Lower youth minimum wage won’t apply at this year’s Calgary Stampede

A new minimum wage of $13/hr is now in effect for Alberta workers aged 13 to 17

A pancake breakfast at the Calgary Stampede in 2017. (THE CANADIAN PRESS/Jeff McIntosh)

A pancake breakfast at the Calgary Stampede in 2017. (THE CANADIAN PRESS/Jeff McIntosh)

A rollback to Alberta’s minimum wage for young people won’t apply to those working at this year’s Calgary Stampede.

The marquee 10-day celebration of cowboy culture kicks off on July 5.

A new $13-per-hour minimum wage for workers aged 13 to 17 takes effect on Wednesday.

The old $15 rate, the highest in Canada, remains in place for everyone else.

Stampede spokeswoman Jennifer Booth says organizers decided to stick with $15 for everyone this year, given the timing of the government’s changes.

The Stampede held its major hiring fair less than a week after Jason Kenney’s United Conservative government announced the change as part of its Open for Business Act on May 27.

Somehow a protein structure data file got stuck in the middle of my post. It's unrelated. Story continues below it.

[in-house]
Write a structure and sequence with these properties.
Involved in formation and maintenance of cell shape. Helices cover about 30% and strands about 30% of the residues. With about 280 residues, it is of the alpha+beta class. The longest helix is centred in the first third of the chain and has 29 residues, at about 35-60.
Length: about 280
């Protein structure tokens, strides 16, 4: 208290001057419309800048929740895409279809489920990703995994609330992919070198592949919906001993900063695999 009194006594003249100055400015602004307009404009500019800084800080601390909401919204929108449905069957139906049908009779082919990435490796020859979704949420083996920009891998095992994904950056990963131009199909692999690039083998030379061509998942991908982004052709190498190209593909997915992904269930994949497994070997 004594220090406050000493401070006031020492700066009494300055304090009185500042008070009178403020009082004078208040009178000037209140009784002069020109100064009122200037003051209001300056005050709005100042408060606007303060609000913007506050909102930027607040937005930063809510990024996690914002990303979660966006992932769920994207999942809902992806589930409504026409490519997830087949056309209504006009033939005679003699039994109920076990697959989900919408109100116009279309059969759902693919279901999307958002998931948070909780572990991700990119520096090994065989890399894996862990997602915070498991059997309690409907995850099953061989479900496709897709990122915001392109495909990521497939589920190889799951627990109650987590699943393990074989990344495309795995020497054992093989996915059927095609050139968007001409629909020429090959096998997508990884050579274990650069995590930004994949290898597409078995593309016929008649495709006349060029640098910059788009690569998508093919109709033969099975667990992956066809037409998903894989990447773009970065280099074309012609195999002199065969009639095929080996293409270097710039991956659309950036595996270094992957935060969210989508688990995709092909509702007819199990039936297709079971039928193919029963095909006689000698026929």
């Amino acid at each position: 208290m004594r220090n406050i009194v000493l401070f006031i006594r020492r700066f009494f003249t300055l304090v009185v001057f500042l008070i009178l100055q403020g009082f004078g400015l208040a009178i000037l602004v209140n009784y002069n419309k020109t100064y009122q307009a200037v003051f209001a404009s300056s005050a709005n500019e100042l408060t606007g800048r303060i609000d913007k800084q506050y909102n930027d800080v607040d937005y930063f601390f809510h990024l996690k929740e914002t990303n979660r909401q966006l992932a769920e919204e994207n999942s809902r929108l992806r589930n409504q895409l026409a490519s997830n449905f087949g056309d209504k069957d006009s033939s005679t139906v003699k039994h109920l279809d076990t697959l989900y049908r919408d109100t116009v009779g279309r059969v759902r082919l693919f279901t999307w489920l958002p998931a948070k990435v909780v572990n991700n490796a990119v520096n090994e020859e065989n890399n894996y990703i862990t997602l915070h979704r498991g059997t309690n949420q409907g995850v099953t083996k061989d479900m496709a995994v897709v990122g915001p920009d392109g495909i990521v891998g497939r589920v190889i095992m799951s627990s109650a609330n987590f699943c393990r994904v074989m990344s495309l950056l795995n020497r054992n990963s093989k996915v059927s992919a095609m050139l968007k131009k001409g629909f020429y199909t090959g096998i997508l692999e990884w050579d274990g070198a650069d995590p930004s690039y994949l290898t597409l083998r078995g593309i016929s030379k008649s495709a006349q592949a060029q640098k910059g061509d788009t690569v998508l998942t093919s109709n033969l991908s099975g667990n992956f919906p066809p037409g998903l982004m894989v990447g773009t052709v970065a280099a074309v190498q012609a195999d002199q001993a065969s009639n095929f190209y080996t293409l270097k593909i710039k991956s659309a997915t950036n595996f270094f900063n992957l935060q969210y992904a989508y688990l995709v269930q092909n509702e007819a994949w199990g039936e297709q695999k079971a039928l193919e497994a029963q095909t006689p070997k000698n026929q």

“The Stampede’s immediate focus right now is the execution of delivering the event for this year,” said Booth.

Young people tend to do jobs such as cleaning, food sales and ushering at the Stampede. The majority of hiring for this year’s event has been completed.

Booth said it’s too soon to say whether youth may get a lower minimum wage in future years.

“We’re supportive of the ability and the flexibility to pay based on market conditions and those market conditions will be part of our evaluation,” she said.

The Alberta government has said cutting the minimum wage for youth by $2 an hour would spur more hiring in that age group.

READ MORE: Alberta introduces bill to change overtime pay, reduce youth minimum wage

“We’re bringing back balance, cutting red tape and making it more affordable to hire teens for their first jobs,” Labour Minister Jason Copping said in a statement last month.

On the eve of the youth wage rollback, Opposition NDP labour critic Christina Gray pleaded with the government not to go through with it.

“Don’t do this,” Gray said in a statement Tuesday. “There is nothing to suggest this will work and our young people will suffer.”

Lauren Krugel, The Canadian Press

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